Gateway to the Classics: The Tortoise and the Geese by Maude Barrows Dutton
The Tortoise and the Geese by  Maude Barrows Dutton

The Scorpion and the Tortoise

A scorpion and a Tortoise became such fast friends that they took a vow that they would never separate. So when it happened that one of them was obliged to leave his native land, the other promised to go with him. They had traveled only a short distance when they came to a wide river. The Scorpion was now greatly troubled.

"Alas," he said, "you, my friend, can easily swim, but how can a poor Scorpion like me ever get across this stream?"

"Never fear," replied the Tortoise; "only place yourself squarely on my broad back and I will carry you safely over."

No sooner was the Scorpion settled on the Tortoise's broad back, than the Tortoise crawled into the water and began to swim. Halfway across he was startled by a strange rapping on his back, which made him ask the Scorpion what he was doing.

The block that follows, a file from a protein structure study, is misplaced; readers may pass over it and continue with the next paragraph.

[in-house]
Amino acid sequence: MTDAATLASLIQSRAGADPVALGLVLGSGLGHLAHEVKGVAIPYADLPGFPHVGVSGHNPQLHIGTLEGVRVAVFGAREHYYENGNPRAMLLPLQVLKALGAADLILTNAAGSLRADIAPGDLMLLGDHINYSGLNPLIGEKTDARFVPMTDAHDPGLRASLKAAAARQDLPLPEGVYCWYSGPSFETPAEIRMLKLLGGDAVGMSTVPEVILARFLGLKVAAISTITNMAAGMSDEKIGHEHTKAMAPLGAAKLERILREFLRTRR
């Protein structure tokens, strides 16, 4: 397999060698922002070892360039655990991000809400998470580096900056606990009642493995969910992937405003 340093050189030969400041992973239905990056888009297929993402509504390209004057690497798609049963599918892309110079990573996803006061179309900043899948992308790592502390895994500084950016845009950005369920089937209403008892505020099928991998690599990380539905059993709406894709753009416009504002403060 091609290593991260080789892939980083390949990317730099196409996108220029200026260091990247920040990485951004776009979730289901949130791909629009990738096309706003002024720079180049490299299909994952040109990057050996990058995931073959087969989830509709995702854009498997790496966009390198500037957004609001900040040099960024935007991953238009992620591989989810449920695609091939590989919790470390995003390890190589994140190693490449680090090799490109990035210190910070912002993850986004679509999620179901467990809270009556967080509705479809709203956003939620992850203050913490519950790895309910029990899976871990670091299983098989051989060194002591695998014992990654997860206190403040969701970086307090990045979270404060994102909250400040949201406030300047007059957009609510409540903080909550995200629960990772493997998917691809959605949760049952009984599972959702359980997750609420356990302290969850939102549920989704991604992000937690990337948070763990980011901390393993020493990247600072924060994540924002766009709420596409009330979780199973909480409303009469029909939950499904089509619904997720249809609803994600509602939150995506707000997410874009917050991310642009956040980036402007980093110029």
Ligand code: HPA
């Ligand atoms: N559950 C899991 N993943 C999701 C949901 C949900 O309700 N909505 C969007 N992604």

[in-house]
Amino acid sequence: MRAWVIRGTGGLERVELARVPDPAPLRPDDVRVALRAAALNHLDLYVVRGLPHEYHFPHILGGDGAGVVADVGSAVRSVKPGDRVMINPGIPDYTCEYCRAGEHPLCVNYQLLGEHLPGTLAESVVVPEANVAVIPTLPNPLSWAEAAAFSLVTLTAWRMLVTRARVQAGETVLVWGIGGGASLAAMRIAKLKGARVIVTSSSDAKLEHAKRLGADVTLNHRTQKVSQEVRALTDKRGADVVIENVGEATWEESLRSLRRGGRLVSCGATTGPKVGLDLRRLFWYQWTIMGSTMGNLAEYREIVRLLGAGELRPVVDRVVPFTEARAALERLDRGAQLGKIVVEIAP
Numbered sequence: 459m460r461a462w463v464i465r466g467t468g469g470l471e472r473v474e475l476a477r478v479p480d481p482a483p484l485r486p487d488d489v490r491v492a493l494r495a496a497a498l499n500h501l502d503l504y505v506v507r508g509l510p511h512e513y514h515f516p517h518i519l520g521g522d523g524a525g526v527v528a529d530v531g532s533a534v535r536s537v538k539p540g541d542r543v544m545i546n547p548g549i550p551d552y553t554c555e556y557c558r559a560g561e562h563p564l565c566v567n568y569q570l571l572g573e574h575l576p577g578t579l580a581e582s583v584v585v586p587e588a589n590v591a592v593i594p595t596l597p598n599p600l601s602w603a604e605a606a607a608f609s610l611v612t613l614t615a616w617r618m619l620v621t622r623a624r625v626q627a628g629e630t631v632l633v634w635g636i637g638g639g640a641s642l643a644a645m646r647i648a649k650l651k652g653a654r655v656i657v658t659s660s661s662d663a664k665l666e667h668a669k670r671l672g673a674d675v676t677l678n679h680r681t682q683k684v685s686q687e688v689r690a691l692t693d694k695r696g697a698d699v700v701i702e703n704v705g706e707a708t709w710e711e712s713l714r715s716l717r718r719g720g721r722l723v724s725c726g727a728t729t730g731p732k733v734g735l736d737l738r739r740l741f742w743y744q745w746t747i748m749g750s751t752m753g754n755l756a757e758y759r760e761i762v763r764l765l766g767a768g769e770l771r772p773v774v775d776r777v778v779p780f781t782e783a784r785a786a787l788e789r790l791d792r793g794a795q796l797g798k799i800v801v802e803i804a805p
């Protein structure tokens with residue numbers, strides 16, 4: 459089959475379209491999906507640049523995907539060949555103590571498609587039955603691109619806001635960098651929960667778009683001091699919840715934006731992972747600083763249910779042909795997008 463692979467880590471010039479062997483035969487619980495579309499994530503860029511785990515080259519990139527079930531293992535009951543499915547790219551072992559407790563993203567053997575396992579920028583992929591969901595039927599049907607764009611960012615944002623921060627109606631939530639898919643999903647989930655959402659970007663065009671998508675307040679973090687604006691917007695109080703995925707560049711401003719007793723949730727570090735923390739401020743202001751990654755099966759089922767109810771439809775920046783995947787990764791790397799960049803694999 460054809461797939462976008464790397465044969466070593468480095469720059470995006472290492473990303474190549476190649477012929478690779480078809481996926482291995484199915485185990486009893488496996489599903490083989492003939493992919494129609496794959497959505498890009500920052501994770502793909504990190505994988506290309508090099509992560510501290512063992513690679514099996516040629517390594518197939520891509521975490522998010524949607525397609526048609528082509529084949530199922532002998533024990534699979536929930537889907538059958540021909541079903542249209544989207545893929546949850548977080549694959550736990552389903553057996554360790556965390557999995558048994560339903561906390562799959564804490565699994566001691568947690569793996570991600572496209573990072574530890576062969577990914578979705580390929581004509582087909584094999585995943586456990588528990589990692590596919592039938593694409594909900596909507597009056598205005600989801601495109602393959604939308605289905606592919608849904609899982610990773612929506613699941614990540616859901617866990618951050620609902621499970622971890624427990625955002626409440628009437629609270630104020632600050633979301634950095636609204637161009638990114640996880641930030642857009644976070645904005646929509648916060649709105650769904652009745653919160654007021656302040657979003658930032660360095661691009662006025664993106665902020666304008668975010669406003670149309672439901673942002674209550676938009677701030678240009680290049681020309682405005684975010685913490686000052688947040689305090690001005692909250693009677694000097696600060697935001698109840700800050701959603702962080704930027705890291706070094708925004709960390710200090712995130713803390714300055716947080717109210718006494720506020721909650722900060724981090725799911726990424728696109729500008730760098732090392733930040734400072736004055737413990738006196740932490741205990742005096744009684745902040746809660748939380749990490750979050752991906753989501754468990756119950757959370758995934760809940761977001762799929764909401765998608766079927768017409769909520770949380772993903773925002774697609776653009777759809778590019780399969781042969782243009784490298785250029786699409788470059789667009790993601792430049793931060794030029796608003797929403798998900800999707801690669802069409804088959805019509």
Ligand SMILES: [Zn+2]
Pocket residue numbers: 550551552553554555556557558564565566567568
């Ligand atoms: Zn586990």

"Doing?" answered the Scorpion, "I am whetting my sting to see if it is possible to pierce your hard shell."

"Ungrateful friend," responded the Tortoise, it is well that I have it in my power both to save myself and to punish you as you deserve." And straightway he sank his back below the surface and shook off the Scorpion into the water.

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